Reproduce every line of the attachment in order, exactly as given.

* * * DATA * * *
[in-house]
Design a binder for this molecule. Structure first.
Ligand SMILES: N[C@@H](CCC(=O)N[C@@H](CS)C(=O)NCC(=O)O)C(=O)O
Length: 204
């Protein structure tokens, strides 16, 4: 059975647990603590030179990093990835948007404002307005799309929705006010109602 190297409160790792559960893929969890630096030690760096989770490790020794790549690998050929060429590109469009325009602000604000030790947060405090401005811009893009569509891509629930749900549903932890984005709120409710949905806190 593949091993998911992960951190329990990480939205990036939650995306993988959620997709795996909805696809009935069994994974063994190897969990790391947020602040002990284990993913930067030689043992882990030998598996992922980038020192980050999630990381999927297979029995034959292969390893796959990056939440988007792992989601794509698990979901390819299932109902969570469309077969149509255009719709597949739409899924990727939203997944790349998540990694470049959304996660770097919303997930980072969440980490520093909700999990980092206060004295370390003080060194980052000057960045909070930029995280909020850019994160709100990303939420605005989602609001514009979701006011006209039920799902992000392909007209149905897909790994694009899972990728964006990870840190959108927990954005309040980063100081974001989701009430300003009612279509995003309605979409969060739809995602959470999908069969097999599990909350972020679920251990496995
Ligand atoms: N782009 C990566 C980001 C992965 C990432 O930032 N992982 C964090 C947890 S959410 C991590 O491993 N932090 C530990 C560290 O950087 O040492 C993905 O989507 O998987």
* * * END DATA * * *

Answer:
[in-house]
Design a binder for this molecule. Structure first.
Ligand SMILES: N[C@@H](CCC(=O)N[C@@H](CS)C(=O)NCC(=O)O)C(=O)O
Length: 204
């Protein structure tokens, strides 16, 4: 059975647990603590030179990093990835948007404002307005799309929705006010109602 190297409160790792559960893929969890630096030690760096989770490790020794790549690998050929060429590109469009325009602000604000030790947060405090401005811009893009569509891509629930749900549903932890984005709120409710949905806190 593949091993998911992960951190329990990480939205990036939650995306993988959620997709795996909805696809009935069994994974063994190897969990790391947020602040002990284990993913930067030689043992882990030998598996992922980038020192980050999630990381999927297979029995034959292969390893796959990056939440988007792992989601794509698990979901390819299932109902969570469309077969149509255009719709597949739409899924990727939203997944790349998540990694470049959304996660770097919303997930980072969440980490520093909700999990980092206060004295370390003080060194980052000057960045909070930029995280909020850019994160709100990303939420605005989602609001514009979701006011006209039920799902992000392909007209149905897909790994694009899972990728964006990870840190959108927990954005309040980063100081974001989701009430300003009612279509995003309605979409969060739809995602959470999908069969097999599990909350972020679920251990496995
Ligand atoms: N782009 C990566 C980001 C992965 C990432 O930032 N992982 C964090 C947890 S959410 C991590 O491993 N932090 C530990 C560290 O950087 O040492 C993905 O989507 O998987």